Total                                5,920,878
Vented compact         A+ rated                                     -
                       A rated                                      -
                       B rated                                      -
                       C rated                                      -
                       D rated                                236,685
                       E rated                                      -
                       F rated                                337,092
                       Other                                  136,841
                       Total                                  710,618
                       Grand Total                          9,377,101
Source: (MTP, 2007)

Drier water and energy consumption
Table 3.12 and Table 3.13 show the consumption of electricity per load for tumble
driers and washer/driers, according to energy class, in 2006. Table 3.1 shows the
water consumption of washer/driers for the drying cycle. Washer/driers consume water
to aid the condensing process when drying. UK stock average consumption figures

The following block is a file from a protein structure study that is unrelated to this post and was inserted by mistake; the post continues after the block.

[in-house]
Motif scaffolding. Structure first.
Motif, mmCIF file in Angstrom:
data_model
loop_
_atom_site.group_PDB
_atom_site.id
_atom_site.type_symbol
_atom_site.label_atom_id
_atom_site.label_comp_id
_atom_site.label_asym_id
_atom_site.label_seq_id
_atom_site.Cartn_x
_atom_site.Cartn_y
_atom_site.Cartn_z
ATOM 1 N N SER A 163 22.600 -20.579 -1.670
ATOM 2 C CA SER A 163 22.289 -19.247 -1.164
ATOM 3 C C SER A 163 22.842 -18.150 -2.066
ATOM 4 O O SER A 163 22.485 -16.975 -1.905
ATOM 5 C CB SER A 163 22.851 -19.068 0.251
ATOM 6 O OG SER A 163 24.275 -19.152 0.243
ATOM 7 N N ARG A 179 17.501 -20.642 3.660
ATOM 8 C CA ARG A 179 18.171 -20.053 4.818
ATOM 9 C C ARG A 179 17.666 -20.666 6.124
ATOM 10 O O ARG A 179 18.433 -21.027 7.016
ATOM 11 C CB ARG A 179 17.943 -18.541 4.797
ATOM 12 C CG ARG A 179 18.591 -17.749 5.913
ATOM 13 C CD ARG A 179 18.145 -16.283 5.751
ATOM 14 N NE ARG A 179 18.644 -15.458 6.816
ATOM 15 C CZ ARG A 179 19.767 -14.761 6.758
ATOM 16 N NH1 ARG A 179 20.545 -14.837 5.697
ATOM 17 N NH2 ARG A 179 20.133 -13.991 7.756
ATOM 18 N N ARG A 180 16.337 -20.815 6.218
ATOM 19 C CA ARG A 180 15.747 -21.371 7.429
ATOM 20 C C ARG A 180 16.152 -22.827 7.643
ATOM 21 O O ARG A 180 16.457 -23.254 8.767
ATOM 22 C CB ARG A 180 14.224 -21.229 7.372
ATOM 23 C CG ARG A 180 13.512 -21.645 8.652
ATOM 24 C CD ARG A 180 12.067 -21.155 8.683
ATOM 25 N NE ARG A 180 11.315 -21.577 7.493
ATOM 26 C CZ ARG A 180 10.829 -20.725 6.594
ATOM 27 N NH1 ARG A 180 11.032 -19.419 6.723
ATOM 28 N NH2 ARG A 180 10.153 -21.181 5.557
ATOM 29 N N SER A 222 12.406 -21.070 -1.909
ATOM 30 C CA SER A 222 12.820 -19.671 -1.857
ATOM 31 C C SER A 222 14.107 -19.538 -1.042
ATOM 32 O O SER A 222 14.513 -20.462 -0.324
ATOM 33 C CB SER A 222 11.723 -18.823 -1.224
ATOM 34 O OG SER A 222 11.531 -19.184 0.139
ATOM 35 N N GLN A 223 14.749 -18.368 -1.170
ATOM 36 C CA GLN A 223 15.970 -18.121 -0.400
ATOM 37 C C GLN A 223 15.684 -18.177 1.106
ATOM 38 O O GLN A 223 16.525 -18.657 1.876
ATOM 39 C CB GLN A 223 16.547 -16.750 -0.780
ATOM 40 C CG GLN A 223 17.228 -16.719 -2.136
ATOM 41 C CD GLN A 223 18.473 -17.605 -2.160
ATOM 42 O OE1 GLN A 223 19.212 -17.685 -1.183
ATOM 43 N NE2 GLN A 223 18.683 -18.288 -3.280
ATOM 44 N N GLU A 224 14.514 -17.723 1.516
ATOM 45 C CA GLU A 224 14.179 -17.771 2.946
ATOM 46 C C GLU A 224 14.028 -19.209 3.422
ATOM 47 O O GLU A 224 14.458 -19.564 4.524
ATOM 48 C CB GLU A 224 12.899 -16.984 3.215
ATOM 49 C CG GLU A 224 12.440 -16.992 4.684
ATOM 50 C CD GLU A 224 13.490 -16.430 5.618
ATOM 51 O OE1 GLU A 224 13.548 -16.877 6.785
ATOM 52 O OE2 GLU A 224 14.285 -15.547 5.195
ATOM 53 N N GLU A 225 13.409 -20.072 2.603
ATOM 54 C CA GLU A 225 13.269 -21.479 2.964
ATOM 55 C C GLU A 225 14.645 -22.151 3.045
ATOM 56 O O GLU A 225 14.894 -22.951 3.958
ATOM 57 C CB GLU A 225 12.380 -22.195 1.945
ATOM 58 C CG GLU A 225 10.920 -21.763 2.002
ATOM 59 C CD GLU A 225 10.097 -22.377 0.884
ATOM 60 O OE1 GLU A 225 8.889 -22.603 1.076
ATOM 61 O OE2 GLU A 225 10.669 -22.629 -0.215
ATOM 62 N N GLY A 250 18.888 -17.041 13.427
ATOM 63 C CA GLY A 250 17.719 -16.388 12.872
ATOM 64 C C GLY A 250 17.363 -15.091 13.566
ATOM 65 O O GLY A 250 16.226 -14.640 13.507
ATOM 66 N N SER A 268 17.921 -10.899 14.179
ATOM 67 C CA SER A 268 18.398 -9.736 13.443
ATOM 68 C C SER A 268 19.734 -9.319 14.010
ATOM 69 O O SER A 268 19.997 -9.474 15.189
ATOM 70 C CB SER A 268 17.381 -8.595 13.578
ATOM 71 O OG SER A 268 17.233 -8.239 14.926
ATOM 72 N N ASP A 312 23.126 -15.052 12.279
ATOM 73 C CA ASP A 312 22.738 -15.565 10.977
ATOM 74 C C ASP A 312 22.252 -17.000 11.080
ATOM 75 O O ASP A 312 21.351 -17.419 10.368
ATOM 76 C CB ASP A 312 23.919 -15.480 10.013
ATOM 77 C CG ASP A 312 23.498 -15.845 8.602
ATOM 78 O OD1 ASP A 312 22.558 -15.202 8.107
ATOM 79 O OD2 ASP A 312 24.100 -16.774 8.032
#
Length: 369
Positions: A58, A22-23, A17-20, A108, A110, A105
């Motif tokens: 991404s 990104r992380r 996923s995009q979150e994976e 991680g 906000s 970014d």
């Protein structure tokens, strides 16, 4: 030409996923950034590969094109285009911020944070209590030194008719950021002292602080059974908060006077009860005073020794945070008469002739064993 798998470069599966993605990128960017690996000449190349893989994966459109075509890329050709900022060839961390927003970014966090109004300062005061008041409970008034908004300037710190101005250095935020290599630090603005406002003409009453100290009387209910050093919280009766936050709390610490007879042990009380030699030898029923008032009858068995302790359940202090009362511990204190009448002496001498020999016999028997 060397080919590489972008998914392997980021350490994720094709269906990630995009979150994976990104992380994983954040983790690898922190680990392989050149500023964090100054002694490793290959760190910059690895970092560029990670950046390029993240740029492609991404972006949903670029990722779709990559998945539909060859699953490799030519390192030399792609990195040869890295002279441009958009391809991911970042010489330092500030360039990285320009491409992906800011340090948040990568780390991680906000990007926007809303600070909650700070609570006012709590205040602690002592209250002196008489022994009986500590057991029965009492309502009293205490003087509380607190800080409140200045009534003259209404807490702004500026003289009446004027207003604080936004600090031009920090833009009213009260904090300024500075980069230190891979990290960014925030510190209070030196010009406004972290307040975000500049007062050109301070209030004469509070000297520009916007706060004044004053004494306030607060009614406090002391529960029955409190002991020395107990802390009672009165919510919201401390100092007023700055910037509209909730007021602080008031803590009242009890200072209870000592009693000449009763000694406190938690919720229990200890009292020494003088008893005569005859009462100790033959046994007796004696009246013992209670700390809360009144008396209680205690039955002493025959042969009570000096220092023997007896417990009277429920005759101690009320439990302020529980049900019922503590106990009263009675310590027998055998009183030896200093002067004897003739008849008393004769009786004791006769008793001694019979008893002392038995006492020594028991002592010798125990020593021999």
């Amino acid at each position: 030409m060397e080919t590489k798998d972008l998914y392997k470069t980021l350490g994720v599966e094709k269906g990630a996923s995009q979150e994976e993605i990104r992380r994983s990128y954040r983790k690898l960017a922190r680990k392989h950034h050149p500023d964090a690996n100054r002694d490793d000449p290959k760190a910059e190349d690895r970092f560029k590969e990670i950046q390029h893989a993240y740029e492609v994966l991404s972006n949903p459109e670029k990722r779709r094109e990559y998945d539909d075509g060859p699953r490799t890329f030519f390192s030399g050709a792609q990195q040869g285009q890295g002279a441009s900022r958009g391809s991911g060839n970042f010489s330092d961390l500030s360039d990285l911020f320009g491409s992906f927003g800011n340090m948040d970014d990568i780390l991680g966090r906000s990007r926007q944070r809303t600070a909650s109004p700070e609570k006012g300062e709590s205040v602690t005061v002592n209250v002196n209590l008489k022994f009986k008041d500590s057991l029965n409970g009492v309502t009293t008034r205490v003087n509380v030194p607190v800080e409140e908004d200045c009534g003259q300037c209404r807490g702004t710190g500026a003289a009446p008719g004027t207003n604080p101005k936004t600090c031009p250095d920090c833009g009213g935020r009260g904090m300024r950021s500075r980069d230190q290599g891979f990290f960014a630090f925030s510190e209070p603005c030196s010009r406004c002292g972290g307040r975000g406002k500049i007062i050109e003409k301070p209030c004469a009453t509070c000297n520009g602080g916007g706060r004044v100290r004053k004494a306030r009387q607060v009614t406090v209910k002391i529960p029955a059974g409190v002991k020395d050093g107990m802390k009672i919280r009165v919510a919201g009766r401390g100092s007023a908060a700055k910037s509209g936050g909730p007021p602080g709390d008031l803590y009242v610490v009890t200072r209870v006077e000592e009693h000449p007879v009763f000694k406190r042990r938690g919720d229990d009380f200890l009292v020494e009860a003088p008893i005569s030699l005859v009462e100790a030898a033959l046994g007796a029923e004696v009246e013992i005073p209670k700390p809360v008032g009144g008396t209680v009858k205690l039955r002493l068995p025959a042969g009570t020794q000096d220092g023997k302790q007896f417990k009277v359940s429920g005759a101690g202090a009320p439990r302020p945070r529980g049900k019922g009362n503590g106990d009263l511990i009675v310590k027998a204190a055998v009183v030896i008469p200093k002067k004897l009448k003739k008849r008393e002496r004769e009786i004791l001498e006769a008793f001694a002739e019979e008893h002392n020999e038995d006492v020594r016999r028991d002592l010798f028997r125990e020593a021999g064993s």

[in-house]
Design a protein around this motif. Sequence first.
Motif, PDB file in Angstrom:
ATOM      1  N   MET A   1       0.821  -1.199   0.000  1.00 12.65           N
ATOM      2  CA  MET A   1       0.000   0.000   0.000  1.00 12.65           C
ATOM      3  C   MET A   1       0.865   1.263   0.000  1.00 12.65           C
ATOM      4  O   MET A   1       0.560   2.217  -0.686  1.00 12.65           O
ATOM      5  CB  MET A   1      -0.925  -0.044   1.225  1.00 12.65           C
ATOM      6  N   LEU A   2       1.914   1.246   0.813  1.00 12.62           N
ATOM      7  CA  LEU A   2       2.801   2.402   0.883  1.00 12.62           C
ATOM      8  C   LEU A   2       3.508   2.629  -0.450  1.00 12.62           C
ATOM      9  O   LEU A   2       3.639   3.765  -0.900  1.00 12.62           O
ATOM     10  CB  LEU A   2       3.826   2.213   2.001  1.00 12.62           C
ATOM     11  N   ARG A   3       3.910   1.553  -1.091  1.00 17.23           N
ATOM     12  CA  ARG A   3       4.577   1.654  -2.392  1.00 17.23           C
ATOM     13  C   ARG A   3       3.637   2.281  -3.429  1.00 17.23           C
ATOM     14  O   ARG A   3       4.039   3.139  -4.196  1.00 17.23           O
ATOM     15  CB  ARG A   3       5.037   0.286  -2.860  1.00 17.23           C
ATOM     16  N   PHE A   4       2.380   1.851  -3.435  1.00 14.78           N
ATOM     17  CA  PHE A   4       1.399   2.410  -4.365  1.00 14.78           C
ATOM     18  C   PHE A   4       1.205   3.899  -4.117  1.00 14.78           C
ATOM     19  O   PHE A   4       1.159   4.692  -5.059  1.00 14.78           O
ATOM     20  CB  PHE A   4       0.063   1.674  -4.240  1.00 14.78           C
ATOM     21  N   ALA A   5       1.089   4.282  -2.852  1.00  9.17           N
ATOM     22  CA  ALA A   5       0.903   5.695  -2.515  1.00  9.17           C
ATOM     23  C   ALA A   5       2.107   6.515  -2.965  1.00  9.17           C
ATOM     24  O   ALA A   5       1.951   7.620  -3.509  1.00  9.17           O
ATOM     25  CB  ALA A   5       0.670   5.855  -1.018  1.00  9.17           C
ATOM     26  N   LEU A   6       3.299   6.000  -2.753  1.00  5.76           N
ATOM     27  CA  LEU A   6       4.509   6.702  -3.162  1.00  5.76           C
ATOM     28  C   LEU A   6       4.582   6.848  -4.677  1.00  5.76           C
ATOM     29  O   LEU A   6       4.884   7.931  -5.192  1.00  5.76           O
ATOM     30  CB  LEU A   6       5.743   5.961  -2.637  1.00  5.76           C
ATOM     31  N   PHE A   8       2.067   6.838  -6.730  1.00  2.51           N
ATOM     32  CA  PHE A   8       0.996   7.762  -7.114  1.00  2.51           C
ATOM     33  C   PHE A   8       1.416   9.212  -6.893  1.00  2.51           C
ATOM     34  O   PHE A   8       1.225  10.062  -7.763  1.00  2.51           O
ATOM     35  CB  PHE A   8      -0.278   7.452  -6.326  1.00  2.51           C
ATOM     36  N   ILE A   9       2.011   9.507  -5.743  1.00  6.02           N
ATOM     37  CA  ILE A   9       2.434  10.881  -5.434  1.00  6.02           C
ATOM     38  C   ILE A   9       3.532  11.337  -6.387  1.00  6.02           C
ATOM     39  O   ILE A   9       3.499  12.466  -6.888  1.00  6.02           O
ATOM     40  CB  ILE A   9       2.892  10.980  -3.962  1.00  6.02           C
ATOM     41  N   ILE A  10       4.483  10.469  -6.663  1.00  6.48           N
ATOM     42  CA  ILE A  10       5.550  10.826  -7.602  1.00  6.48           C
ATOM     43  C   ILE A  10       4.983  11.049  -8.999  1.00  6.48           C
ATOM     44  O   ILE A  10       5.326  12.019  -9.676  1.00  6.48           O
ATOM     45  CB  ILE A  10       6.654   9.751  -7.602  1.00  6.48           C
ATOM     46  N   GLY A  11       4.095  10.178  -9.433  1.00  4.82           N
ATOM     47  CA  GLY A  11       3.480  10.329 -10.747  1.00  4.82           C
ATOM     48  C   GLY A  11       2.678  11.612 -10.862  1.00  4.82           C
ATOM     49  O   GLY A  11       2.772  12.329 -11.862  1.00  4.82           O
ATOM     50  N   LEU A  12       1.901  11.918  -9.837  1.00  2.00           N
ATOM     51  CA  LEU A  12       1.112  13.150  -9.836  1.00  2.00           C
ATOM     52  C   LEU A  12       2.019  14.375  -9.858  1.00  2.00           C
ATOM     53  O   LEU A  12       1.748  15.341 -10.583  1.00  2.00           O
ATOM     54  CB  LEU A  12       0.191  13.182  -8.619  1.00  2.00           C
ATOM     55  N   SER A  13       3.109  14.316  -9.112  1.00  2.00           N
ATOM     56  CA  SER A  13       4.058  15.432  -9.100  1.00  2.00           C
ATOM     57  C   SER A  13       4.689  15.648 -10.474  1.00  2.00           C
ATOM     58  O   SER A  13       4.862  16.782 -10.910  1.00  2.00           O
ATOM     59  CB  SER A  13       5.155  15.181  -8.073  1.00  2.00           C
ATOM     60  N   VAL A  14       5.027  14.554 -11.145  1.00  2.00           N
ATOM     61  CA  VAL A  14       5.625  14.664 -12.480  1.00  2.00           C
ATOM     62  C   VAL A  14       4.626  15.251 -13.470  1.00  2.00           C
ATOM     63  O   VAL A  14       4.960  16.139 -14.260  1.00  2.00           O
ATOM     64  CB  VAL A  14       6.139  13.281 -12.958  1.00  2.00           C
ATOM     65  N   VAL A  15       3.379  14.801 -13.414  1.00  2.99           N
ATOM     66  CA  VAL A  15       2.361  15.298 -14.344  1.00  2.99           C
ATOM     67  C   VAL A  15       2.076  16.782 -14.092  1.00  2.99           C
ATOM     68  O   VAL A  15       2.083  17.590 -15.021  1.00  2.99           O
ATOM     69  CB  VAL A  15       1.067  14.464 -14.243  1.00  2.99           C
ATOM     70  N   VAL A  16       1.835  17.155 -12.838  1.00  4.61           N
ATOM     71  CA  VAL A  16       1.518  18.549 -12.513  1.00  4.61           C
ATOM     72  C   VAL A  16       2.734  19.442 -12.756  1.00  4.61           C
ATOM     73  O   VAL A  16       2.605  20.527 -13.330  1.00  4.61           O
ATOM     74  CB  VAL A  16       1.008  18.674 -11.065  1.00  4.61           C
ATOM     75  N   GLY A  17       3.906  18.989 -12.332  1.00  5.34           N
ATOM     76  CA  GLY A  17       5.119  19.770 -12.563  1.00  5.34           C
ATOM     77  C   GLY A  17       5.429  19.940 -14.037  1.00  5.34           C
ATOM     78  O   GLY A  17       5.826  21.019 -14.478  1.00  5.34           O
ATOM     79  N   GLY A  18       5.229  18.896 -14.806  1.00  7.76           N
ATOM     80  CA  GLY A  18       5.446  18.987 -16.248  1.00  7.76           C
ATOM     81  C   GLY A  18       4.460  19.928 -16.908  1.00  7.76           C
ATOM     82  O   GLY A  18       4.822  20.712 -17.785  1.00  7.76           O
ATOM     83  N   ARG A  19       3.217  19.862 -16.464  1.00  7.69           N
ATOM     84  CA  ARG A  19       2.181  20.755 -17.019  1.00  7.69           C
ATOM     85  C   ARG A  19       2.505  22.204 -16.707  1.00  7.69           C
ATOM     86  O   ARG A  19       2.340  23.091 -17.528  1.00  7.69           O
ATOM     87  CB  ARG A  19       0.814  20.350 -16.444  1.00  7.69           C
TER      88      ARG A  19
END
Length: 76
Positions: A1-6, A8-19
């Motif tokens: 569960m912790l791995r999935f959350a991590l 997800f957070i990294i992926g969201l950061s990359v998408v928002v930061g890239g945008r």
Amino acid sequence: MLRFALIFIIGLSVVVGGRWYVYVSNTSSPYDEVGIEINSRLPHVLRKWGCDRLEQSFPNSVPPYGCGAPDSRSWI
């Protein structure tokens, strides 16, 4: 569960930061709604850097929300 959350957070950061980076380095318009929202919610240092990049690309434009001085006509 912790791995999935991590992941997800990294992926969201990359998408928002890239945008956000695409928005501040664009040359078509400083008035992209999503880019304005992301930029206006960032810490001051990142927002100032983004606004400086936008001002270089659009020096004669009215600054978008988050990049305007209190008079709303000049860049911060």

were calculated from these data.

Table 3.12 Tumble Drier Energy Consumption per Load by Energy Class

Energy Class                A           B           C           D           E           F           G
                         kWh         kWh         kWh         kWh         kWh         kWh         kWh
Vented                   1.71        1.98        2.24        2.51        2.78        3.05        3.35
Condenser                1.84        2.14        2.45        2.75        3.05        3.35        3.69
Source: (MTP, 2007a)

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Table 3.13 Washer/Drier Energy Consumption for Drying per Load by Energy
Class

Energy class                   A+         A         B        C        D        E        F         G
                              kWh      kWh       kWh      kWh      kWh      kWh      kWh       kWh
Drying                          -      2.18      2.92     3.52     4.12     4.72     5.32      5.88
Source: (MTP, 2007a)